The Academy of Motion Picture Arts and Sciences has decided that the Oscars will be a bit different in the future: The ceremony will be shorter (maybe), run earlier in the year and include a new category.
The Board of Governors, staff, Academy members, and various working groups spent the last several months discussing improvements to the show.
The devil is in the details. The new category will be called the Outstanding Achievement in Popular Film and was announced by Academy President John Bailey and Academy CEO Dawn Hudson in a letter (via THR).
The most attention-grabbing announcement is the arrival of a new award for Outstanding Achievement in Popular Film.
It also announced that presentation would be aired at a much earlier date than expected, in February 2020. Starting next year, the ceremony will now be shown in what the Academy describes as "a more globally accessible, three-hour telecast". "The winning moments will then be edited and aired later in the broadcast". Those categories haven't been determined, but there has been push-back in the past in awards-season shows (not just the Oscars) from below-the-line crafts wary of having their categories nudged off the main broadcast. Further details and eligibility requirements are yet to be announced, but the category is expected to cater to more blockbuster and genre films, often seen as maligned by awards ceremonies. They argue the change "will not affect awards eligibility dates or the voting process".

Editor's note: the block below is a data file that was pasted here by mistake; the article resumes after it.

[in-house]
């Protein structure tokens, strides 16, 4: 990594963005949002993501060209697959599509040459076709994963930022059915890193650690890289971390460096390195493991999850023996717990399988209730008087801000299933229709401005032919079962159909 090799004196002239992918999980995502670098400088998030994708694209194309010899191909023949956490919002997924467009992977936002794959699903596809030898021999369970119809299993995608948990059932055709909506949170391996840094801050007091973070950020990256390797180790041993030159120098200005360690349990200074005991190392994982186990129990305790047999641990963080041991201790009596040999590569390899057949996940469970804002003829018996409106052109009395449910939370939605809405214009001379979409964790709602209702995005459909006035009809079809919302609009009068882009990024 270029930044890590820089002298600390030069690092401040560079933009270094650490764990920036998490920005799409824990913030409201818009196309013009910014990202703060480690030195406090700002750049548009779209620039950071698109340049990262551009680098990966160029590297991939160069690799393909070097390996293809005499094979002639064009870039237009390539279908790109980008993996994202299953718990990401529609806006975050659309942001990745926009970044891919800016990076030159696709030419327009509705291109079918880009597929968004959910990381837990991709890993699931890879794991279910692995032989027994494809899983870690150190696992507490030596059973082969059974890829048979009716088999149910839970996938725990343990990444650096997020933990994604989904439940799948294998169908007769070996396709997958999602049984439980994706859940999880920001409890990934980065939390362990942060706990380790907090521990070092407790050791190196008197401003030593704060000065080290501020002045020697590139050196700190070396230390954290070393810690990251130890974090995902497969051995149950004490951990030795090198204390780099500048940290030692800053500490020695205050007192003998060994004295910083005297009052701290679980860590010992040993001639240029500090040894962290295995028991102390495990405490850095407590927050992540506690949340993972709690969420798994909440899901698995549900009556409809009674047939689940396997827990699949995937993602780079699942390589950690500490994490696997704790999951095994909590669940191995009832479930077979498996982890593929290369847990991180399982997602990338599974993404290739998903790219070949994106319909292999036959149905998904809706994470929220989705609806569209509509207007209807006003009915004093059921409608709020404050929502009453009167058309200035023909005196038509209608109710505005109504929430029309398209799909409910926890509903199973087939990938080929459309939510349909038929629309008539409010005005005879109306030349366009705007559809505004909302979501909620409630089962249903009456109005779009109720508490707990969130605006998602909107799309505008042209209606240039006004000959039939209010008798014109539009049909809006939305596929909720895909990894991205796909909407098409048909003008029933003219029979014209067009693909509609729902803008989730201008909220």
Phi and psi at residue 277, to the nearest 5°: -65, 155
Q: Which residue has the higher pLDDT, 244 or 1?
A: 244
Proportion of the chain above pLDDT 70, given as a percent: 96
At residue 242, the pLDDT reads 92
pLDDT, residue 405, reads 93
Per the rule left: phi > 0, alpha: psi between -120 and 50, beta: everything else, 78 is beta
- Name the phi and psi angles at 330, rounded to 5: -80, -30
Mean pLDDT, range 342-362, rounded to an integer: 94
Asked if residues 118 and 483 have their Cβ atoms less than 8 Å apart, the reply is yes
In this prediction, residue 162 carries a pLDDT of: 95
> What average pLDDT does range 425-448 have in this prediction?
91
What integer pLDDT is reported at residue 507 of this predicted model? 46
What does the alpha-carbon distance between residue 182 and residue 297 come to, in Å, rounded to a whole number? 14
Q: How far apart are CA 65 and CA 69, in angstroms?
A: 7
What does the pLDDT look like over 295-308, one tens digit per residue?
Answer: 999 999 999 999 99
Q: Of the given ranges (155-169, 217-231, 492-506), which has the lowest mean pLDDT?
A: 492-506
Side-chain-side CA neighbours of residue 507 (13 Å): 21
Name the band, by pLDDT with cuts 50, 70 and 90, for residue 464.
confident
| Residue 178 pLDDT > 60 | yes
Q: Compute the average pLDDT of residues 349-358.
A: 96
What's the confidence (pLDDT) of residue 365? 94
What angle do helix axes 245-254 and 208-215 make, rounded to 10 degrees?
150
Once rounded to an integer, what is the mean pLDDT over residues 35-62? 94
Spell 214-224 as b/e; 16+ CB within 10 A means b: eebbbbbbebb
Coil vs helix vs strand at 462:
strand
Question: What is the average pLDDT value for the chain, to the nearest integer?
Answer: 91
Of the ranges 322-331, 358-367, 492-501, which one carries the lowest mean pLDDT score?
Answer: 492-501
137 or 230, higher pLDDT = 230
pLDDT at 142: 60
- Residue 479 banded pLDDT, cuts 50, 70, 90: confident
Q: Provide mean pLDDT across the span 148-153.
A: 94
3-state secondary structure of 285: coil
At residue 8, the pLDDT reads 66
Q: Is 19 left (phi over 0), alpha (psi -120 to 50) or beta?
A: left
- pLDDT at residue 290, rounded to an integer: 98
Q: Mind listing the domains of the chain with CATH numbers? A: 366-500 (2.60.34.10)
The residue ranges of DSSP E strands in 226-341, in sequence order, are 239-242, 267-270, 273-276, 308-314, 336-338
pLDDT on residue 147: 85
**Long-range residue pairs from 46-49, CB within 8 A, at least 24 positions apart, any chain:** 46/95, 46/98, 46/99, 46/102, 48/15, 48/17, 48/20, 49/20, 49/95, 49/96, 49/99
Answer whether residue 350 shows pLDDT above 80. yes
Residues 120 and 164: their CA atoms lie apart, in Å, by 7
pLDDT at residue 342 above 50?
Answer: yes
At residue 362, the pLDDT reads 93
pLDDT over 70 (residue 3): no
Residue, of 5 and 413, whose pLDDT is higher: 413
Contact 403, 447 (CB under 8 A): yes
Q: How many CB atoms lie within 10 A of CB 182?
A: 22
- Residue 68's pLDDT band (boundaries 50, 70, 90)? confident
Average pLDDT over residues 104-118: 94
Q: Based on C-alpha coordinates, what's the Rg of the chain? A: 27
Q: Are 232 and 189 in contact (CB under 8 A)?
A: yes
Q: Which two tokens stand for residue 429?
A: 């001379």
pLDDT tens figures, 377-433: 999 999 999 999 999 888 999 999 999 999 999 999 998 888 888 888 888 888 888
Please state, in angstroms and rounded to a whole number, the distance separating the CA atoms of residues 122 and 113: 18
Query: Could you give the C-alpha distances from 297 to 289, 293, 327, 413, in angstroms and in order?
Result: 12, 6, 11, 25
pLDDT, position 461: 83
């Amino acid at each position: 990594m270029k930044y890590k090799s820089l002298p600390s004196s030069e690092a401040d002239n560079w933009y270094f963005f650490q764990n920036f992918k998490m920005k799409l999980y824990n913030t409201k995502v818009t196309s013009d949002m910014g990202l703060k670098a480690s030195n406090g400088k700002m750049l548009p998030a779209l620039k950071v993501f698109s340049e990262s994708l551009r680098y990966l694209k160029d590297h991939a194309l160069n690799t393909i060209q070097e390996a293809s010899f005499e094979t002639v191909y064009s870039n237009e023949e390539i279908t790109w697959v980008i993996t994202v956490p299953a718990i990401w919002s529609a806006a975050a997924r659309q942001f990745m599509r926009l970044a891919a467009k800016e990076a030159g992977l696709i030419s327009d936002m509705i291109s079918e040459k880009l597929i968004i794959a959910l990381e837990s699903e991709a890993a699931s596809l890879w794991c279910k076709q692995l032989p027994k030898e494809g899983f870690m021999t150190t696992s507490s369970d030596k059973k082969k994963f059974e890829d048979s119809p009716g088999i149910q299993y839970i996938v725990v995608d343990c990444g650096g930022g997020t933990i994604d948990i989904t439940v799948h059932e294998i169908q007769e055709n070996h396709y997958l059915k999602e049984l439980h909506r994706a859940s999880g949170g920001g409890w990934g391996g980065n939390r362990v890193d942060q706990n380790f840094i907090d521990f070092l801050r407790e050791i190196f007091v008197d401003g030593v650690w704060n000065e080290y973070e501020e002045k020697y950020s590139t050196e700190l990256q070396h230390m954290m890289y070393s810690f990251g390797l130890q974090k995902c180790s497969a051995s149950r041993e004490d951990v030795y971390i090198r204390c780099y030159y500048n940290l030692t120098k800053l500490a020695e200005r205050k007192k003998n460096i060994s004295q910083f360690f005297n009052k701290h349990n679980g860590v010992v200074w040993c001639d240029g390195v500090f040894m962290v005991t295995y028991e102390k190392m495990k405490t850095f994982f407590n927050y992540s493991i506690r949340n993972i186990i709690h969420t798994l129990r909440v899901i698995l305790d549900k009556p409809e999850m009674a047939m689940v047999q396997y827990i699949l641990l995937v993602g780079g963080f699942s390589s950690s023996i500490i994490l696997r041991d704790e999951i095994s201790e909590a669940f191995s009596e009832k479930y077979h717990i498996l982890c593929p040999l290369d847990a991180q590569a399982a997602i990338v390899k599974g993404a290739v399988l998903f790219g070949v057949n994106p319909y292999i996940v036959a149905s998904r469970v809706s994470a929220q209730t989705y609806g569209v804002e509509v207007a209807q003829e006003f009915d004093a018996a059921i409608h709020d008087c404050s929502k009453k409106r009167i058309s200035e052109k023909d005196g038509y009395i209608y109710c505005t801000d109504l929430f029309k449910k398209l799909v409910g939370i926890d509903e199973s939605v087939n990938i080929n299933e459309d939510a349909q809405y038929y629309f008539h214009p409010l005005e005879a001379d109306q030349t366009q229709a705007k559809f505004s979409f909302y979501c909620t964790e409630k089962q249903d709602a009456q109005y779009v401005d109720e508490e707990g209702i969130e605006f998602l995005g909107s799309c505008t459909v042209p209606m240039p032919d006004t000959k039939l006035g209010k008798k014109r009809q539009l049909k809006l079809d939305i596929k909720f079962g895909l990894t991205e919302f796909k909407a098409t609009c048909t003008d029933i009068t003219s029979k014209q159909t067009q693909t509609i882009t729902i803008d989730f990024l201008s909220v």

In a statement, it said: "We have heard from many of you about improvements needed to keep the Oscars and our Academy relevant in a changing world".
Does that mean even less Academy recognition for similar films now that they may have a separate category?
However, others tweeted that they aren't too thrilled with the idea of the Academy only showing select categories live, with the other awards to be given out during commercial breaks. That same year, the Academy also reinstated a "preferential ballot" for Best Picture voting that allows members to rank films according to preference in that category, rather than simply picking one victor.